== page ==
Congenital Heart Disease in the Emergency Department
Congenital Heart Disease in the Emergency Department
Authors: William A. Woods, MD, FAAP, Assistant Professor of Emergency Medicine and Pediatrics, University of Virginia, Charlottesville; Edward Ullman, MD, Attending Physician, Department of Emergency Medicine, Beth Israel Deaconess Medical CenterHarvard Medical School, Boston, MA; and Deborah Schutte, MD, Pediatric Cardiologist, Cook Children’s Hospital, Fort Worth, TX.
Peer Reviewers: Alfred Sacchetti, MD, Associate Director, Emergency Department, Our Lady of Lourdes Medical Center, Camden, NJ; Michael Gerardi, MD, FAAP, FACEP, Director, Pediatric Emergency Medicine, Children’s Medical Center, Morristown Memorial Hospital, Morristown, NJ.
Children with congenital heart disease present to the emergency department (ED) at many stages of life. Some children present to the ED with the initial manifestations of their as-yet undiagnosed diseases, while others present to the ED with complications of their disorders or their therapies. This article reviews the pathophysiology involved in the newborn with congenital heart disease and familiarizes the reader with the nomenclature and known complications encountered in the care of these children.—The Editor
Physiology of Cyanosis
Cyanosis is the visual recognition of discoloration due to the presence of reduced, or deoxygenated, hemoglobin. Cyanosis is classified as either central or peripheral. Central cyanosis is manifested by the presence of reduced hemoglobin in the capillaries and possibly arterioles and venules. Three to 5 gm/dL of dissociated hemoglobin are necessary before central cyanosis becomes visible.1-3 Central cyanosis classically is visible in the lips and mucous membranes. In contrast to peripheral cyanosis, central cyanosis always is a manifestation of hypoxia.4
The level of hypoxia at which cyanosis becomes visible varies because it depends upon the hematocrit. The degree of hypoxemia required to cause cyanosis is related inversely to the hemoglobin and hematocrit. For example, a newborn with a hemoglobin of 20 gm/dL will be clinically cyanotic when 3 gm/dL of hemoglobin are reduced, or at an oxygen saturation of 85%. A child with a hemoglobin of 10 gm/dL will become visibly cyanotic when the oxygen saturation is 70%, when 3 gm/dL of the 10 gm/dL of hemoglobin becomes reduced.2,4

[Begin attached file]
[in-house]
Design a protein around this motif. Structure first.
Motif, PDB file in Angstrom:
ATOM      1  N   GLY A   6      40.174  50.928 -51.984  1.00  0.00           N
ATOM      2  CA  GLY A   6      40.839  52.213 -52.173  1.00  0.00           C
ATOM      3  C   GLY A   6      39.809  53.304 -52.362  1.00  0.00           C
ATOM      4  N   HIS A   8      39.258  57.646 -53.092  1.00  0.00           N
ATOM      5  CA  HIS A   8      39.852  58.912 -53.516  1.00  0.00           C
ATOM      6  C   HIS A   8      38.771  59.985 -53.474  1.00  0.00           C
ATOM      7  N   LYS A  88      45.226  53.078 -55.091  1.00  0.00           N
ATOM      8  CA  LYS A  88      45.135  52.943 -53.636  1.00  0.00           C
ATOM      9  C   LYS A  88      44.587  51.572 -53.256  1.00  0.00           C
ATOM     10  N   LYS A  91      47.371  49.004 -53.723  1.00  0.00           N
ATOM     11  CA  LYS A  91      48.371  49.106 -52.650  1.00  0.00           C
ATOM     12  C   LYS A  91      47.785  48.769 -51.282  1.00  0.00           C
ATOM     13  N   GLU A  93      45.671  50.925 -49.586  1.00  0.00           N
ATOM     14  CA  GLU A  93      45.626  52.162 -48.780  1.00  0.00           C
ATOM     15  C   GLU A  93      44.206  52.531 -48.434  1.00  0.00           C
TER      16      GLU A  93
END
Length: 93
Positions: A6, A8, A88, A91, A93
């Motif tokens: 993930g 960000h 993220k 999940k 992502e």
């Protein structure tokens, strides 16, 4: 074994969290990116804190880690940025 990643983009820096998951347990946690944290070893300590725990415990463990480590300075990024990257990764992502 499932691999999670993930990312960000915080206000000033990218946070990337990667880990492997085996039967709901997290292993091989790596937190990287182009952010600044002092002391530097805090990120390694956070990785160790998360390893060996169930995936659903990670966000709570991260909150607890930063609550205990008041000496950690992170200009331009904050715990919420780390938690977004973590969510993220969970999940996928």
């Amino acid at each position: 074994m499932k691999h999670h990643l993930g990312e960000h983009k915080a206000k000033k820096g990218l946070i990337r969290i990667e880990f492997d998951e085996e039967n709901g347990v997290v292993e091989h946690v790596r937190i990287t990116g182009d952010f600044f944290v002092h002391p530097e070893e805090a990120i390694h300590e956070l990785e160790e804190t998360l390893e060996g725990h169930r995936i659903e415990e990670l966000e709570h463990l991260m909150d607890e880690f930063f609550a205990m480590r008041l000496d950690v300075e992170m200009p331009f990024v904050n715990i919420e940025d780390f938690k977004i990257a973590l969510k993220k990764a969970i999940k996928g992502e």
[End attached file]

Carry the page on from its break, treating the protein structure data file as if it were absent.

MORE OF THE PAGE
Peripheral cyanosis, by comparison, is a manifestation of poor peripheral perfusion. It is thought to be due to a relative decrease in the flow of oxygenated blood to the periphery with an increased oxygen extraction. Often, the lips and mucous membranes are spared. This inadequate perfusion does not have to occur in the presence of hypoxia. Clinically, often the child with undiagnosed cyanotic cardiac disease will be hypoxic and will demonstrate both central and peripheral cyanosis upon initial presentation. Therefore, it will be difficult to distinguish central from peripheral cyanosis in the acutely ill child. This distinction, however, is more relevant in the clinically stable child. The stable child becomes symptomatic when oxygen delivery cannot meet oxygen demand.
Initial Presentation of Critical Congenital Heart Disease
When faced with the hypoxic or cyanotic child, it is important for the emergency physician to consider the possibility of an undiagnosed form of congenital heart disease.5 Children with congenital heart disease may be asymptomatic in the newborn nursery, yet may present to the ED as symptoms develop due to maturing physiology.6 Newborn cardiovascular physiology changes through the first week of life, and possibly longer. Sometime early in the newborn period, the ductus arteriosis closes. This structure minimizes intrauterine pulmonary blood flow. It is unclear what acts as the physiologic signal to close. An asymptomatic child may become symptomatic when the ductus closes. The lesions that most commonly present at this time include coarctation of the aorta and hypoplastic left heart syndrome (HLHS). In addition, intrauterine pulmonary vascular resistance is relatively high. This resistance drops during the first few days after birth. As this resistance drops, right ventricular pressures drop, generating a pressure gradient within the heart that may alter intracardiac blood flow. The classic demonstration of this is how a new murmur develops outside the newborn period in the case of the child with a small ventricular septal defect.